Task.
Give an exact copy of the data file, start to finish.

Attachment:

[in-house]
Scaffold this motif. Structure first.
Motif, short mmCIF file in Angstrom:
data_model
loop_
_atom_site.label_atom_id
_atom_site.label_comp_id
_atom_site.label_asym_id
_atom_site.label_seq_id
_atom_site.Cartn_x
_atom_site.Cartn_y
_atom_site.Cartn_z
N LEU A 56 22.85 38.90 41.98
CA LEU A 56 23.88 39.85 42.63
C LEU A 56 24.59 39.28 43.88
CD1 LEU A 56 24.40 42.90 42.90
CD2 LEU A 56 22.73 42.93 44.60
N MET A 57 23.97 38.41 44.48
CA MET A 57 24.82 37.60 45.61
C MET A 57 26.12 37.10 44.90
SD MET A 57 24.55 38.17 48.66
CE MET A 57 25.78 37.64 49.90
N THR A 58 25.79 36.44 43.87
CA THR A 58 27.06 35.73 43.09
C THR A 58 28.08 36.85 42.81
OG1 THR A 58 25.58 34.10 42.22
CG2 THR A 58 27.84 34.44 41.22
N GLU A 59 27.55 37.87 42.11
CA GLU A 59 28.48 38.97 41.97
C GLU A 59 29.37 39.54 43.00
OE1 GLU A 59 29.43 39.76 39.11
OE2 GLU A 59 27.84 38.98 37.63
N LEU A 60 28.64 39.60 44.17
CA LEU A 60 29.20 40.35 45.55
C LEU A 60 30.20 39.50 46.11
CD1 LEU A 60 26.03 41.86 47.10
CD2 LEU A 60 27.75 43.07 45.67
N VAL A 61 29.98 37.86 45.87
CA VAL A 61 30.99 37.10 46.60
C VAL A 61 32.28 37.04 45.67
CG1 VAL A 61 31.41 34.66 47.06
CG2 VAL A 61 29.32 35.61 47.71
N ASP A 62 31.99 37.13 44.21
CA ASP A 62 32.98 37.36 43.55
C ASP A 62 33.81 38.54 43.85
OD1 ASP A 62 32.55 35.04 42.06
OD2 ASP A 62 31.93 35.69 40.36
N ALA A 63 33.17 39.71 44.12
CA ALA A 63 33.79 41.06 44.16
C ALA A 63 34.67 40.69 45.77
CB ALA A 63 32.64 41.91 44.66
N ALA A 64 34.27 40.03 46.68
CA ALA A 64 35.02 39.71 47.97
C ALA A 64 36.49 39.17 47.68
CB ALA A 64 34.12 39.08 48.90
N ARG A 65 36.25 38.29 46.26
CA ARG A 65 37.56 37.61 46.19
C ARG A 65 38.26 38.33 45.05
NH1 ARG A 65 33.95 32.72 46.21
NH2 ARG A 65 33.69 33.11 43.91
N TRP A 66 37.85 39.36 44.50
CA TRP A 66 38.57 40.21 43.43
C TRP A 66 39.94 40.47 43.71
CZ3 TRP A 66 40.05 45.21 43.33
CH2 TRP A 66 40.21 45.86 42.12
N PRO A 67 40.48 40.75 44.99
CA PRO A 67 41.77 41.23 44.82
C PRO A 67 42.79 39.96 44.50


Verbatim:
[in-house]
Scaffold this motif. Structure first.
Motif, short mmCIF file in Angstrom:
data_model
loop_
_atom_site.label_atom_id
_atom_site.label_comp_id
_atom_site.label_asym_id
_atom_site.label_seq_id
_atom_site.Cartn_x
_atom_site.Cartn_y
_atom_site.Cartn_z
N LEU A 56 22.85 38.90 41.98
CA LEU A 56 23.88 39.85 42.63
C LEU A 56 24.59 39.28 43.88
CD1 LEU A 56 24.40 42.90 42.90
CD2 LEU A 56 22.73 42.93 44.60
N MET A 57 23.97 38.41 44.48
CA MET A 57 24.82 37.60 45.61
C MET A 57 26.12 37.10 44.90
SD MET A 57 24.55 38.17 48.66
CE MET A 57 25.78 37.64 49.90
N THR A 58 25.79 36.44 43.87
CA THR A 58 27.06 35.73 43.09
C THR A 58 28.08 36.85 42.81
OG1 THR A 58 25.58 34.10 42.22
CG2 THR A 58 27.84 34.44 41.22
N GLU A 59 27.55 37.87 42.11
CA GLU A 59 28.48 38.97 41.97
C GLU A 59 29.37 39.54 43.00
OE1 GLU A 59 29.43 39.76 39.11
OE2 GLU A 59 27.84 38.98 37.63
N LEU A 60 28.64 39.60 44.17
CA LEU A 60 29.20 40.35 45.55
C LEU A 60 30.20 39.50 46.11
CD1 LEU A 60 26.03 41.86 47.10
CD2 LEU A 60 27.75 43.07 45.67
N VAL A 61 29.98 37.86 45.87
CA VAL A 61 30.99 37.10 46.60
C VAL A 61 32.28 37.04 45.67
CG1 VAL A 61 31.41 34.66 47.06
CG2 VAL A 61 29.32 35.61 47.71
N ASP A 62 31.99 37.13 44.21
CA ASP A 62 32.98 37.36 43.55
C ASP A 62 33.81 38.54 43.85
OD1 ASP A 62 32.55 35.04 42.06
OD2 ASP A 62 31.93 35.69 40.36
N ALA A 63 33.17 39.71 44.12
CA ALA A 63 33.79 41.06 44.16
C ALA A 63 34.67 40.69 45.77
CB ALA A 63 32.64 41.91 44.66
N ALA A 64 34.27 40.03 46.68
CA ALA A 64 35.02 39.71 47.97
C ALA A 64 36.49 39.17 47.68
CB ALA A 64 34.12 39.08 48.90
N ARG A 65 36.25 38.29 46.26
CA ARG A 65 37.56 37.61 46.19
C ARG A 65 38.26 38.33 45.05
NH1 ARG A 65 33.95 32.72 46.21
NH2 ARG A 65 33.69 33.11 43.91
N TRP A 66 37.85 39.36 44.50
CA TRP A 66 38.57 40.21 43.43
C TRP A 66 39.94 40.47 43.71
CZ3 TRP A 66 40.05 45.21 43.33
CH2 TRP A 66 40.21 45.86 42.12
N PRO A 67 40.48 40.75 44.99
CA PRO A 67 41.77 41.23 44.82
C PRO A 67 42.79 39.96 44.50